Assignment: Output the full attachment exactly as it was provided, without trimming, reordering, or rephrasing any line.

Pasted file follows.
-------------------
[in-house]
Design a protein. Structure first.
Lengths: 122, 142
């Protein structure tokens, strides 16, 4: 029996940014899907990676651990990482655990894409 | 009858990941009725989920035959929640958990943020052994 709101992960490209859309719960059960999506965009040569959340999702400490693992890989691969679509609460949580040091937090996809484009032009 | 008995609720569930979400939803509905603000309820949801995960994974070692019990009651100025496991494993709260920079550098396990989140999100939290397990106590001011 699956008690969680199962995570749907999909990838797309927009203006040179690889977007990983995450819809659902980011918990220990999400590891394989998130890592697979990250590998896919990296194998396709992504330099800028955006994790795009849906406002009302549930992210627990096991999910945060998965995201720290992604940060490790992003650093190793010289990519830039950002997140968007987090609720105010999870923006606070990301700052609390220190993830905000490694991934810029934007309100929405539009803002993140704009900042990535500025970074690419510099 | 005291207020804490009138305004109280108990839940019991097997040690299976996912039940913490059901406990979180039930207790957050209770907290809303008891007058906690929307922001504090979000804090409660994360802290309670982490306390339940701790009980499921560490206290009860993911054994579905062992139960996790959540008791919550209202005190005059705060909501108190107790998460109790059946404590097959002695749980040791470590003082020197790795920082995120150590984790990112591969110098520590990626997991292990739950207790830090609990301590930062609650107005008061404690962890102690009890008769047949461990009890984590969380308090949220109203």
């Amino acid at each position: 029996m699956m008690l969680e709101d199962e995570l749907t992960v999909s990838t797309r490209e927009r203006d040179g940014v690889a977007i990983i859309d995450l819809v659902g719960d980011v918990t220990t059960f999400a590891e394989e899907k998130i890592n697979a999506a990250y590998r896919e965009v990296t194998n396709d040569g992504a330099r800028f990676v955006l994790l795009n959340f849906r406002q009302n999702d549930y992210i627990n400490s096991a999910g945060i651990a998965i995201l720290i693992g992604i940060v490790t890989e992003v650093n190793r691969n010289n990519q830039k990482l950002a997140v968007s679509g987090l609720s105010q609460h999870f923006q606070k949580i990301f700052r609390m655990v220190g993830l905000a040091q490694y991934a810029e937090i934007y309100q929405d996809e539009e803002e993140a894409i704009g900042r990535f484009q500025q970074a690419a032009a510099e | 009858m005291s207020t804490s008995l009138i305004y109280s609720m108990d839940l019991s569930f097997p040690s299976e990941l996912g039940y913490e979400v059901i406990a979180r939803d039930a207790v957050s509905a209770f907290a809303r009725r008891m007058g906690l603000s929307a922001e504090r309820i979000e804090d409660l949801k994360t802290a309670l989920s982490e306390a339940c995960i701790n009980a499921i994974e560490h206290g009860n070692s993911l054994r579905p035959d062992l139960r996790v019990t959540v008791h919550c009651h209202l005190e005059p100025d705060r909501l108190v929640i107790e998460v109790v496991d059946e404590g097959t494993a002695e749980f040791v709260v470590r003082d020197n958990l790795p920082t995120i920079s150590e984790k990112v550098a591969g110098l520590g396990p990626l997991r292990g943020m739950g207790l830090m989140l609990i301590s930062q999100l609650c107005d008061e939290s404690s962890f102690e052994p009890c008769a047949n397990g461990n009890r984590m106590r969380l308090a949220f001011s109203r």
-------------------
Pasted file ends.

[in-house]
Design a protein. Structure first.
Lengths: 122, 142
């Protein structure tokens, strides 16, 4: 029996940014899907990676651990990482655990894409 | 009858990941009725989920035959929640958990943020052994 709101992960490209859309719960059960999506965009040569959340999702400490693992890989691969679509609460949580040091937090996809484009032009 | 008995609720569930979400939803509905603000309820949801995960994974070692019990009651100025496991494993709260920079550098396990989140999100939290397990106590001011 699956008690969680199962995570749907999909990838797309927009203006040179690889977007990983995450819809659902980011918990220990999400590891394989998130890592697979990250590998896919990296194998396709992504330099800028955006994790795009849906406002009302549930992210627990096991999910945060998965995201720290992604940060490790992003650093190793010289990519830039950002997140968007987090609720105010999870923006606070990301700052609390220190993830905000490694991934810029934007309100929405539009803002993140704009900042990535500025970074690419510099 | 005291207020804490009138305004109280108990839940019991097997040690299976996912039940913490059901406990979180039930207790957050209770907290809303008891007058906690929307922001504090979000804090409660994360802290309670982490306390339940701790009980499921560490206290009860993911054994579905062992139960996790959540008791919550209202005190005059705060909501108190107790998460109790059946404590097959002695749980040791470590003082020197790795920082995120150590984790990112591969110098520590990626997991292990739950207790830090609990301590930062609650107005008061404690962890102690009890008769047949461990009890984590969380308090949220109203």
């Amino acid at each position: 029996m699956m008690l969680e709101d199962e995570l749907t992960v999909s990838t797309r490209e927009r203006d040179g940014v690889a977007i990983i859309d995450l819809v659902g719960d980011v918990t220990t059960f999400a590891e394989e899907k998130i890592n697979a999506a990250y590998r896919e965009v990296t194998n396709d040569g992504a330099r800028f990676v955006l994790l795009n959340f849906r406002q009302n999702d549930y992210i627990n400490s096991a999910g945060i651990a998965i995201l720290i693992g992604i940060v490790t890989e992003v650093n190793r691969n010289n990519q830039k990482l950002a997140v968007s679509g987090l609720s105010q609460h999870f923006q606070k949580i990301f700052r609390m655990v220190g993830l905000a040091q490694y991934a810029e937090i934007y309100q929405d996809e539009e803002e993140a894409i704009g900042r990535f484009q500025q970074a690419a032009a510099e | 009858m005291s207020t804490s008995l009138i305004y109280s609720m108990d839940l019991s569930f097997p040690s299976e990941l996912g039940y913490e979400v059901i406990a979180r939803d039930a207790v957050s509905a209770f907290a809303r009725r008891m007058g906690l603000s929307a922001e504090r309820i979000e804090d409660l949801k994360t802290a309670l989920s982490e306390a339940c995960i701790n009980a499921i994974e560490h206290g009860n070692s993911l054994r579905p035959d062992l139960r996790v019990t959540v008791h919550c009651h209202l005190e005059p100025d705060r909501l108190v929640i107790e998460v109790v496991d059946e404590g097959t494993a002695e749980f040791v709260v470590r003082d020197n958990l790795p920082t995120i920079s150590e984790k990112v550098a591969g110098l520590g396990p990626l997991r292990g943020m739950g207790l830090m989140l609990i301590s930062q999100l609650c107005d008061e939290s404690s962890f102690e052994p009890c008769a047949n397990g461990n009890r984590m106590r969380l308090a949220f001011s109203r």